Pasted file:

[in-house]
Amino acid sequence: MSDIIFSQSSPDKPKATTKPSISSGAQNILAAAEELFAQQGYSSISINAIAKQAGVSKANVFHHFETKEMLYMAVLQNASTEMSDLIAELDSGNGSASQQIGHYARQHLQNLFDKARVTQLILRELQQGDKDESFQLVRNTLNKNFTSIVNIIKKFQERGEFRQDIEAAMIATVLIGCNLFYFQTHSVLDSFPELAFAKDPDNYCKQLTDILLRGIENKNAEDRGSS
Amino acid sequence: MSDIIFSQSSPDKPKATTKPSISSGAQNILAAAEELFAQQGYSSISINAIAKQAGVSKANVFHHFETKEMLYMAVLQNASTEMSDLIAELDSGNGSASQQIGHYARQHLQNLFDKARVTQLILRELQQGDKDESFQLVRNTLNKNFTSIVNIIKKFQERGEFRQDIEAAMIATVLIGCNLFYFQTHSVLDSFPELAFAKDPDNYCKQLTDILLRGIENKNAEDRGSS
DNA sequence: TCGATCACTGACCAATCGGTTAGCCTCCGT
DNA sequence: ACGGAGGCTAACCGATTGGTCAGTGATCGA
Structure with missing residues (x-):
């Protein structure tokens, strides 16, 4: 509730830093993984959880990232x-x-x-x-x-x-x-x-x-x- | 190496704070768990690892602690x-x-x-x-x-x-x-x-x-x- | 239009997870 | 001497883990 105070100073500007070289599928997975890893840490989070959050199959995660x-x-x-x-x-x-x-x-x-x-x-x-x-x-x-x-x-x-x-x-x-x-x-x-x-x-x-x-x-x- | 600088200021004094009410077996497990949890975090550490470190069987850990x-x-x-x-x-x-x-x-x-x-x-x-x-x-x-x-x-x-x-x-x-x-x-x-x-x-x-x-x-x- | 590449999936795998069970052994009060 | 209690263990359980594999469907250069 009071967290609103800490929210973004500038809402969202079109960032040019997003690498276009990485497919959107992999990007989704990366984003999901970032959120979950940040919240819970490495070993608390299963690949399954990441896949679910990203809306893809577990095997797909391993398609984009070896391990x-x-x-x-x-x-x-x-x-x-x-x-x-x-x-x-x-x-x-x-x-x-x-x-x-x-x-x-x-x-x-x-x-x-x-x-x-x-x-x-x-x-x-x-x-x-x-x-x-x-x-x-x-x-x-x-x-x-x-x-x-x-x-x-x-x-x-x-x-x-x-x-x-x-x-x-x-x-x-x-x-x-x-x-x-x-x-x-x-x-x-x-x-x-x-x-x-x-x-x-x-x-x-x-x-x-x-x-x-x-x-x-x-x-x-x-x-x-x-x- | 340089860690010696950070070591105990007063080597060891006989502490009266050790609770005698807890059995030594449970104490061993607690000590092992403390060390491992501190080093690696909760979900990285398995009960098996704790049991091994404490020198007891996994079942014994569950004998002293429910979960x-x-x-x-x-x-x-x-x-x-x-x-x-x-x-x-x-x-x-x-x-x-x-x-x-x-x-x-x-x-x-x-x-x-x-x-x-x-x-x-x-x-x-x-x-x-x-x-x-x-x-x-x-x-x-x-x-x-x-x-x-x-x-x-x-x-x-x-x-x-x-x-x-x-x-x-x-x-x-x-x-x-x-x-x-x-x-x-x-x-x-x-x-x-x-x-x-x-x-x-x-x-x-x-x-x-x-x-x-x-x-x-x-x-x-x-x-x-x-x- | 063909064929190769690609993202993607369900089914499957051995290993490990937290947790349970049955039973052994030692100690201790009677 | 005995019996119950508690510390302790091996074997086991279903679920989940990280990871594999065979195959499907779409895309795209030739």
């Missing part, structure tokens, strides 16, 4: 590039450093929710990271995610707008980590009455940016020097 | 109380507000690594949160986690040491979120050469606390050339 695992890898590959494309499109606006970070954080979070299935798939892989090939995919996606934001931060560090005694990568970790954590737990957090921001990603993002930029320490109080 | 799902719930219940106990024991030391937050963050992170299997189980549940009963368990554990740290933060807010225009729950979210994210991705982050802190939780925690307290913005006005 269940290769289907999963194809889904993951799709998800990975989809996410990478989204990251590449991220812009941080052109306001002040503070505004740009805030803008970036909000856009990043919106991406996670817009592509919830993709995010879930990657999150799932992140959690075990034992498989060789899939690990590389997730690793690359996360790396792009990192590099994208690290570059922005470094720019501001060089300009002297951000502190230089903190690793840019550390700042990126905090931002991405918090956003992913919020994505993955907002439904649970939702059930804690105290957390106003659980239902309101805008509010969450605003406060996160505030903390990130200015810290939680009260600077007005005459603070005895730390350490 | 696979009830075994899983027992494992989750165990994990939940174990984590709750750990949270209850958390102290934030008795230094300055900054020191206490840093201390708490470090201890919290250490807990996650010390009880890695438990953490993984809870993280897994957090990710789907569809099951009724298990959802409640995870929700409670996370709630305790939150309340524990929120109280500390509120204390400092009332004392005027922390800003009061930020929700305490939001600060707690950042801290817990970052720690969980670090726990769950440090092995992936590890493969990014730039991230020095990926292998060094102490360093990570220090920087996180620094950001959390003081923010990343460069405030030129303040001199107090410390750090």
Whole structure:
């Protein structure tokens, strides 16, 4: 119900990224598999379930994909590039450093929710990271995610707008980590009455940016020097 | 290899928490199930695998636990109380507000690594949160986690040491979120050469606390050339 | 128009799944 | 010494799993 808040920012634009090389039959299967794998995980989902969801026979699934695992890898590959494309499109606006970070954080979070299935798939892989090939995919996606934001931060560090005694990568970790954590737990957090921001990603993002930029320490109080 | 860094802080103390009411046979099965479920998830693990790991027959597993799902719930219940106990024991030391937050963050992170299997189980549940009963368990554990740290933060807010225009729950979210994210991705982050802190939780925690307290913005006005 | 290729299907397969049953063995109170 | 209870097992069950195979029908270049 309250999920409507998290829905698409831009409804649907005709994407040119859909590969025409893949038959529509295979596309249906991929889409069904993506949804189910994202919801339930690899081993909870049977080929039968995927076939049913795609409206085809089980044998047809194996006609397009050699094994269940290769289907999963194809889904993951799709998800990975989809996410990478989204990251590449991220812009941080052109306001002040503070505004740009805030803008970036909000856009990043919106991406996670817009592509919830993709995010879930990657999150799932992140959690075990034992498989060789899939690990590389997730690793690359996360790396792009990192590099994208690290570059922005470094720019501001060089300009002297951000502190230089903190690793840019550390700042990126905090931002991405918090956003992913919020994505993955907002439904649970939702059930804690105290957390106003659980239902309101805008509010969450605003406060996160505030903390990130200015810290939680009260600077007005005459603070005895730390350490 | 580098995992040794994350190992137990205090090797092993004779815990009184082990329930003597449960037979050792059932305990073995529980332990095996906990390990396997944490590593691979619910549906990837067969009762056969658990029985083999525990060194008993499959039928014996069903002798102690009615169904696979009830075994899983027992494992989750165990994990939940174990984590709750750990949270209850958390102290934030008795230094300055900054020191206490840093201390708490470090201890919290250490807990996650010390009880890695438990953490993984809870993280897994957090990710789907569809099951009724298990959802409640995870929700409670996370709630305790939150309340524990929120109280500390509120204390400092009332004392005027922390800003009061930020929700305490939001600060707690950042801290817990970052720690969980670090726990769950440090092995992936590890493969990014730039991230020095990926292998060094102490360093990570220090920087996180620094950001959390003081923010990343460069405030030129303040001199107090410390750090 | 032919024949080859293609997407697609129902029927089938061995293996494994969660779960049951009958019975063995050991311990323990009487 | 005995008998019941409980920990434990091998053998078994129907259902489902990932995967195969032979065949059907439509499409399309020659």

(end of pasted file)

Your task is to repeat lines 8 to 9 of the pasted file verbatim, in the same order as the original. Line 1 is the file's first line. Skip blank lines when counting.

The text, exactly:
């Missing part, structure tokens, strides 16, 4: 590039450093929710990271995610707008980590009455940016020097 | 109380507000690594949160986690040491979120050469606390050339 695992890898590959494309499109606006970070954080979070299935798939892989090939995919996606934001931060560090005694990568970790954590737990957090921001990603993002930029320490109080 | 799902719930219940106990024991030391937050963050992170299997189980549940009963368990554990740290933060807010225009729950979210994210991705982050802190939780925690307290913005006005 269940290769289907999963194809889904993951799709998800990975989809996410990478989204990251590449991220812009941080052109306001002040503070505004740009805030803008970036909000856009990043919106991406996670817009592509919830993709995010879930990657999150799932992140959690075990034992498989060789899939690990590389997730690793690359996360790396792009990192590099994208690290570059922005470094720019501001060089300009002297951000502190230089903190690793840019550390700042990126905090931002991405918090956003992913919020994505993955907002439904649970939702059930804690105290957390106003659980239902309101805008509010969450605003406060996160505030903390990130200015810290939680009260600077007005005459603070005895730390350490 | 696979009830075994899983027992494992989750165990994990939940174990984590709750750990949270209850958390102290934030008795230094300055900054020191206490840093201390708490470090201890919290250490807990996650010390009880890695438990953490993984809870993280897994957090990710789907569809099951009724298990959802409640995870929700409670996370709630305790939150309340524990929120109280500390509120204390400092009332004392005027922390800003009061930020929700305490939001600060707690950042801290817990970052720690969980670090726990769950440090092995992936590890493969990014730039991230020095990926292998060094102490360093990570220090920087996180620094950001959390003081923010990343460069405030030129303040001199107090410390750090």
Whole structure: